The upswing of this rental economy is twofold. One: In most cases, it's cheaper to rent than to own, and therefore kinder to the American wallet. Two: There's less impact on the environment, as fewer goods are produced and even fewer wind up in landfills (Check out "The Story of Stuff".) But I'm not without my reservations. For example, what happens to organizations such as Goodwill and Salvation Army as fewer and fewer clothes, baby toys, and other used goods go to the folks who truly need them? Then there's the fact that this rise in "rentalism" is happening at the same time as a parallel rise in what I'll call "disposalism." The reality is, today's mass-produced goods, particularly electronics like TVs, computers, printers, and iPods, are easier to throw away than they are to repair. I'd love to rent my next iPod instead of buying one, but a used iPod is like a ticking time bomb -- it's just waiting to conk out on you. For TVs and PCs, it's actually cheaper in a lot of cases to own than it is to rent.
My chief concern, however, is with where this transient lifestyle is steering us all. If we all become renters instead of owners, then what do we buy each other on birthdays and holidays -- coupons for a free month of Zipcar? As if Home Depot gift cards weren't already impersonal enough! On a slightly more existential tip, I'm not sure I'll ever be comfortable with the notion of not being able to call something my own. It's why I can't bear to subscribe to Rhapsody in the place of buying MP3s. It's why I'm typing this column on a copy of Microsoft Word instead of Google Docs. Ownership is simply a more tangible notion to me than rentalism is. I say this fully cognizant of the facts that, one, "you can't take it with you when you go," and two, this column is dangerously close to reading like the hysterical whimperings of a 90-year-old man.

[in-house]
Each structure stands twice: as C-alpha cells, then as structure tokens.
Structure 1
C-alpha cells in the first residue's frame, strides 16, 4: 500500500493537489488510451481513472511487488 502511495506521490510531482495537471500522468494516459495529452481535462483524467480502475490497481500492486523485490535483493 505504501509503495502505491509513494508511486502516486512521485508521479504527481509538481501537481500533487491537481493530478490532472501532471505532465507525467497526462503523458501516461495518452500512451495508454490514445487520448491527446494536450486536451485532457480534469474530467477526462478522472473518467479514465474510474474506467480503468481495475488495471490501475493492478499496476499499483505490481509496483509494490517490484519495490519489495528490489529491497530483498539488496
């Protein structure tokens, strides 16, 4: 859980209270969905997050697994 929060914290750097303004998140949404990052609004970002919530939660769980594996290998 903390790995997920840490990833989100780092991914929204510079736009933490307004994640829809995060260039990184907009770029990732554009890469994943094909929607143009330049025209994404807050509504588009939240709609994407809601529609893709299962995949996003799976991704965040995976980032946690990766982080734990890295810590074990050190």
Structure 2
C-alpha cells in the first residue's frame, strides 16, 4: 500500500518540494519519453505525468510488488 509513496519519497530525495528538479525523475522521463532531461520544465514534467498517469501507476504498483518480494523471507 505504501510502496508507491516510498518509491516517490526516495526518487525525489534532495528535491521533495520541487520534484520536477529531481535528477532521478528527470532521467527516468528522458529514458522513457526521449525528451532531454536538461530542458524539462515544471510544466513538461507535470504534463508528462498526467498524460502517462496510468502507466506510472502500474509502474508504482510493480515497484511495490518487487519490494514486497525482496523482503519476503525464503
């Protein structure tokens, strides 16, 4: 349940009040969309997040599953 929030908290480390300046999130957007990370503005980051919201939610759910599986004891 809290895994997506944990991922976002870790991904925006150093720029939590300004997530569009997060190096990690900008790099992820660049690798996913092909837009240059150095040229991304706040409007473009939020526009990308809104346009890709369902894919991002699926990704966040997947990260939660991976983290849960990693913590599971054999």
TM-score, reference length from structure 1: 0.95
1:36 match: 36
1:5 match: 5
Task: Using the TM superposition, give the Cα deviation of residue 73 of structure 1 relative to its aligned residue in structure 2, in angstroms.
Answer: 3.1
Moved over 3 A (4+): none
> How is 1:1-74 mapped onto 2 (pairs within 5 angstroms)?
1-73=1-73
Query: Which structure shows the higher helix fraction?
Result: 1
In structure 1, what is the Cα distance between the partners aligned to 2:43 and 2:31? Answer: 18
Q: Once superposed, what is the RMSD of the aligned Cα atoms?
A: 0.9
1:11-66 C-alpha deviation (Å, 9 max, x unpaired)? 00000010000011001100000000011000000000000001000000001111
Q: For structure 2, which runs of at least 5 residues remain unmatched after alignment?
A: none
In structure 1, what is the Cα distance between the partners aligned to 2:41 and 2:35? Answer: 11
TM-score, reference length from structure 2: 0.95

I'd love to hear what you think of our new Web-fueled rental economy, so please share! What else should the Netflix model be applied to? What shouldn't it be applied to? Are there advantages and disadvantages I neglected to mention? Do tell.
Call me crazy, but I am a big fan of lending and borrowing (it's kind of like free renting....I know crazy!!) I realize that in this impersonal digital age it has become an out of data idea from the days before I was conceived. It sounds so "leave it to beaver" that you can drop by your neighbor's house and borrow a drill or saw. And in return lend them your pickup truck for a weekend of yard work tasks.
I guess you would actually need to know your neighbors though......again back to the impersonal digital age.
When it comes to things like DVDs however I am all for renting. The few DVDs I just HAD to own (Braveheart, Last of the Mohicans, The Princes Bride, etc) are still mostly collecting dust anyway.
I do have to say though that some things you just need to own. My neighbor owns a chain saw and said that I can borrow it any time, but I just had to have one of my own. Why you ask? That's simple, because any self respecting man needs to own a chain saw....dumb question..... Just think about it, what if I had some real urgent chain saw emergency late one night and my neighbor was asleep!!! Well I guess he is going to be awake 5 second after I rev that baby up anyway. But the sound your own personal chain saw makes at 3am is sweeter than all others.
Interesting write up on owning vs. subscription. It seems to be a consistently hot topic. You don't mind renting movies, you wish you could rent tools, and you're stoked that you can rent books. Right? Yet, you balk at renting music because you feel the need to own something. But, have you given a subscription music service a fair shot?